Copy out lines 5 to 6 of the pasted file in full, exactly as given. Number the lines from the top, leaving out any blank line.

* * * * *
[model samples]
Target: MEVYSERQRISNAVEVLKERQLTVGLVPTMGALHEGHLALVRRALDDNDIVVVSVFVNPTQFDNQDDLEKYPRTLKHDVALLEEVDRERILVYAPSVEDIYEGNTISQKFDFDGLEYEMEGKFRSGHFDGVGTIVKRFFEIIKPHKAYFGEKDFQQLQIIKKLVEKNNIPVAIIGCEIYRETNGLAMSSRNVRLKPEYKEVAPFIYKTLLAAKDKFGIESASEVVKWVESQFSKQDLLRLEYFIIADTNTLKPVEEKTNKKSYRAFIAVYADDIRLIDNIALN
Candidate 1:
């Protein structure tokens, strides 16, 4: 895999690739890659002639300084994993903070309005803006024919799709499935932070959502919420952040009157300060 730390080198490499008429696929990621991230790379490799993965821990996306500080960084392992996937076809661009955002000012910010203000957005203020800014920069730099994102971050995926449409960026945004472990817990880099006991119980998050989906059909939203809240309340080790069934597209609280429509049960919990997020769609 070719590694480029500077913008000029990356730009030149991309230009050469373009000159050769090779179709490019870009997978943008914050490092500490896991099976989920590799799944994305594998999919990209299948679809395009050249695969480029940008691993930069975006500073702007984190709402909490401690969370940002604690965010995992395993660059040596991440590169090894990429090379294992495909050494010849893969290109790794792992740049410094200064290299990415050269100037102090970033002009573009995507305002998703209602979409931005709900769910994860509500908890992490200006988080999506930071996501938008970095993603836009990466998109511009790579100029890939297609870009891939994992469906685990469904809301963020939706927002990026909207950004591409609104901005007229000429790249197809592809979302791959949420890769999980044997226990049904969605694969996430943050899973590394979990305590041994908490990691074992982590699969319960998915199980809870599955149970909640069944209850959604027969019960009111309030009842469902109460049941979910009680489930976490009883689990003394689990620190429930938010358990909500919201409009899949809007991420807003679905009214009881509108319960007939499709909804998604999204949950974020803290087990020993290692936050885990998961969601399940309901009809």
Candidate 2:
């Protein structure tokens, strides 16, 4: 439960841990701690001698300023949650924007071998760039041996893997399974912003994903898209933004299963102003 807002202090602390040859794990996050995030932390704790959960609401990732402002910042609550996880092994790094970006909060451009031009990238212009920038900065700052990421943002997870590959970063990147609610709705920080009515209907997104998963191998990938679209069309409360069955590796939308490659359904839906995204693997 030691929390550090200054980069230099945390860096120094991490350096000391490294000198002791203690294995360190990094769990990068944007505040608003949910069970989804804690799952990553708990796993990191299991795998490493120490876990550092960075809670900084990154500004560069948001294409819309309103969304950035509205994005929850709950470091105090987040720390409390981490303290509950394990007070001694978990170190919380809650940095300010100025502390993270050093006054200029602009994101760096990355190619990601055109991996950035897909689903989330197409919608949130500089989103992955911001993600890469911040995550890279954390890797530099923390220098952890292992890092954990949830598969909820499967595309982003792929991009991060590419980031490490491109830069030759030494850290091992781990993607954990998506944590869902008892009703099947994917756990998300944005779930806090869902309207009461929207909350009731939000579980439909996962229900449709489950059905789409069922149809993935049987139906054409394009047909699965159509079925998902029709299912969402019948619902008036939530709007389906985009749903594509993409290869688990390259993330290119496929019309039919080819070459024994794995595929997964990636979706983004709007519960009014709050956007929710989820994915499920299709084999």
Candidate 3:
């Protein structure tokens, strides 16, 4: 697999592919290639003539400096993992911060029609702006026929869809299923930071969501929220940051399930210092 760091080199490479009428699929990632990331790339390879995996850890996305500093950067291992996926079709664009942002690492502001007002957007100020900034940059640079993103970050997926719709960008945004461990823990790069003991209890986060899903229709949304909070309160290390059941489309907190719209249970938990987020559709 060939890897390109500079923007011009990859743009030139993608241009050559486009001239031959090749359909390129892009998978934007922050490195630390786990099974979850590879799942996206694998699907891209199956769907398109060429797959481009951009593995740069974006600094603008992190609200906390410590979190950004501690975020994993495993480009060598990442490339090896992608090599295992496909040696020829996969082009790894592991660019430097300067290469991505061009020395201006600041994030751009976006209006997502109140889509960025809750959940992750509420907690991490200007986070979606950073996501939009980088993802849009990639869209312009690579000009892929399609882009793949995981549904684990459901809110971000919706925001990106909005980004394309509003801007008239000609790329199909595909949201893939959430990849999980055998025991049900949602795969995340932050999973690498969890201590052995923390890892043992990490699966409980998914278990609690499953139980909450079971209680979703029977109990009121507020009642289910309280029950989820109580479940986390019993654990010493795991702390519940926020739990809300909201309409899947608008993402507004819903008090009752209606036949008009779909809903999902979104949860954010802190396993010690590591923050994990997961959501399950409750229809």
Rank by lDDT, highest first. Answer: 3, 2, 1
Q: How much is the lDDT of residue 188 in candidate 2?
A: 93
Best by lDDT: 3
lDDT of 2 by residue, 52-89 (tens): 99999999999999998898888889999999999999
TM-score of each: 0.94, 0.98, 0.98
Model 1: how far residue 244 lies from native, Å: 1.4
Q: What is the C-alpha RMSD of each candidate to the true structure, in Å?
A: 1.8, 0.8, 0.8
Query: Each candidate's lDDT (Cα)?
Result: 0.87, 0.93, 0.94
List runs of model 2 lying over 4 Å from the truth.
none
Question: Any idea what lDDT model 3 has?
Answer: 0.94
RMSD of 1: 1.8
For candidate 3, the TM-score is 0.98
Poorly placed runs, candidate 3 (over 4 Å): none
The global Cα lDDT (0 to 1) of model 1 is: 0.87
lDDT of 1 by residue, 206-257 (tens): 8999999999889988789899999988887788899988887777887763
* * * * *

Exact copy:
Candidate 2:
């Protein structure tokens, strides 16, 4: 439960841990701690001698300023949650924007071998760039041996893997399974912003994903898209933004299963102003 807002202090602390040859794990996050995030932390704790959960609401990732402002910042609550996880092994790094970006909060451009031009990238212009920038900065700052990421943002997870590959970063990147609610709705920080009515209907997104998963191998990938679209069309409360069955590796939308490659359904839906995204693997 030691929390550090200054980069230099945390860096120094991490350096000391490294000198002791203690294995360190990094769990990068944007505040608003949910069970989804804690799952990553708990796993990191299991795998490493120490876990550092960075809670900084990154500004560069948001294409819309309103969304950035509205994005929850709950470091105090987040720390409390981490303290509950394990007070001694978990170190919380809650940095300010100025502390993270050093006054200029602009994101760096990355190619990601055109991996950035897909689903989330197409919608949130500089989103992955911001993600890469911040995550890279954390890797530099923390220098952890292992890092954990949830598969909820499967595309982003792929991009991060590419980031490490491109830069030759030494850290091992781990993607954990998506944590869902008892009703099947994917756990998300944005779930806090869902309207009461929207909350009731939000579980439909996962229900449709489950059905789409069922149809993935049987139906054409394009047909699965159509079925998902029709299912969402019948619902008036939530709007389906985009749903594509993409290869688990390259993330290119496929019309039919080819070459024994794995595929997964990636979706983004709007519960009014709050956007929710989820994915499920299709084999």